Web Guide: OneGreatFamily.com

Web Guide: OneGreatFamily.com

Our guide will help you make the most of your OneGreatFamily.com membership.

Some genealogy websites have modest ambitions—post a few Civil War muster rolls, trace the Brown family, share forgotten family Bibles. Then there’s OneGreatFamily. This site’s stated goal is to link the family trees of everyone in the world into “one huge, shared database.” More than just a collection of pedigree files, this uber-family tree describes itself as “a cooperative effort between you and the rest of the world.” OneGreatFamily has filed three patents on its technology for connecting family trees and collaborating between far-flung researchers. Here’s your guide to getting in on that group genealogy action.

 

Getting started

Checking for your own possible connections in the site’s database of more than 220 million unique entries is easy. Click on the Tools link on the home page, and then enter a surname in the Ancestor Search box, or click Surname Index to browse. The long, scrolling lists of results also will give you a taste of the vast reach of OneGreatFamily’s coverage: The surnames beginning with Fr alone stretch for more than 40 screens, from Fra to Frzzel. 
 
But you can’t do much with the results until you’ve signed up for a OneGreatFamily membership or activated a seven-day free trial. You may be lucky enough to subscribe when a discount is offered, but the full fare is $79.95 a year, $29.95 a quarter or $14.95 a month. That buys you unlimited access, use of the exclusive Genealogy Browser software and full online backup of your family tree.
 
 
Mac afficionados and other non-Windows users, however, are limited to a basic web-based tree. To download and run Genealogy Browser, you need Windows and Internet Explorer, or a special plug-in for Netscape or Firefox. (Mac users can get the full OneGreatFamily experience by installing a program such as VMWare Fusion or Parallels Desktop that lets you run Windows.)
If you can get past this technological hurdle, getting started with OneGreatFamily and Genealogy Browser is a snap. Click Login and sign in to your account. You can start entering your family info from scratch, using OneGreatFamily as your genealogy software. But you probably already have spent time typing in your genealogy data, in which case you should select Upload GEDCOM. OneGreatFamily can seamlessly import a GEDCOM file—the universal file format for family trees—that you’ve exported from your genealogy software. The site walks you through picking the right file, then does all the heavy lifting. Even a big file—2,000 names, more than a megabyte—takes only about four minutes to upload.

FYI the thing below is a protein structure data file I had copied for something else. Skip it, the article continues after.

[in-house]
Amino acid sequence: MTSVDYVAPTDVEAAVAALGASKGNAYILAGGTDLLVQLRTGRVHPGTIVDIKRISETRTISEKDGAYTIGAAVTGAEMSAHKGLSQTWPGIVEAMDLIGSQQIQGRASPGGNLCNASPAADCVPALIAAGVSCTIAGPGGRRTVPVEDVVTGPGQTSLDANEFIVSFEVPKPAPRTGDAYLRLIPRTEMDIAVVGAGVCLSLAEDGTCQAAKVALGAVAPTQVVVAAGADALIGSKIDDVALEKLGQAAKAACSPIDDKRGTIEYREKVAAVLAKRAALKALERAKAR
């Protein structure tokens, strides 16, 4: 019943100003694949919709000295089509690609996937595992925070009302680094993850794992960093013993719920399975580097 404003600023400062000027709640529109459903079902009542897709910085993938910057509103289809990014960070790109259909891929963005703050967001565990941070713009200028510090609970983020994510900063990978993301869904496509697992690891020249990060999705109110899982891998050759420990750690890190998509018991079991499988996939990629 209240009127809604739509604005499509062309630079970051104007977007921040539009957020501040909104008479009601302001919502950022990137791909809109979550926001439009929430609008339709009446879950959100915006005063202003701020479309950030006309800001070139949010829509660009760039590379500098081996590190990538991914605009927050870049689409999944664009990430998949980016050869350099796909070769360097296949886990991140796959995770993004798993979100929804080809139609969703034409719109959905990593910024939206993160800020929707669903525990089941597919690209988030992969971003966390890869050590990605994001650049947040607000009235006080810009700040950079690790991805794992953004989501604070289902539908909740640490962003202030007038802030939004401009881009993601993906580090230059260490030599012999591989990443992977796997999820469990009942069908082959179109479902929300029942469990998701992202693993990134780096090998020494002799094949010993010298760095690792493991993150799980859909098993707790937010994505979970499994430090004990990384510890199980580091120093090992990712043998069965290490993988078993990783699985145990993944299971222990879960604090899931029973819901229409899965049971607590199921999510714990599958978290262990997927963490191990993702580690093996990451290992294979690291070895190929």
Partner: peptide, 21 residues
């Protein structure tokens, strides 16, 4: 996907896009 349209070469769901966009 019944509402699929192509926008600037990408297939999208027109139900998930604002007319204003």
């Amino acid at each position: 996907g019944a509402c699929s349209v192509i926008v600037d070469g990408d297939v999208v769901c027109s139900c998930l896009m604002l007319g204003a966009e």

But then you might want to go get a cup of coffee (or several), or just plan on coming back to the site the next day. Unlike simple pedigree-posting sites, OneGreatFamily doesn’t stop with uploading your family file. You’ll see a pop-up window charting the progress of integrating your genealogy into that of, well, the rest of the world: First the site looks for matches, then merges your data with everybody else’s data that match; it also flags conflicts between your data and others’ with the same ancestors. With a big file, the process can take hours. Your tree doesn’t change, though—the system keeps track of data you entered, and preserves versions of your tree with and without merges. You’ll get to decide whether to accept someone else’s data into your original version.

Kicking into high gear

Eventually, OneGreatFamily will connect your pedigree with everybody else’s. When you check back and click on your Family Dashboard—your personalized operations center for OneGreatFamily—you’ll find that your modest family tree has grown exponentially. That upload of 2,000 or so individuals may have become a family tree containing more than 90,000 individuals dating back to Aahotep in ancient Egypt. (Needless to say, not all of these lineages are as thoroughly documented as your own research.)
An orange-rimmed Odometer (the site is fond of automotive terminology) displays how many ancestors have been found and added to your tree. Click on it to bring up the list. Later, once you’ve worked through these hits, the Odometer will report new finds among the 40,000 to 60,000 individuals added to the site daily.
The Dashboard is packed with factoids about your newly enlarged family tree, many of which you can click on to view details, each powered by a OneGreatFamily widget. You can click one widget to see how you or someone in your lineage is related to various famous people. An expandable map charts the most common birth and death countries in your tree. Other widgets trace your family’s migrations, chart their longevity and even spotlight unusual names in your ancestry (Erchambaldus, for example).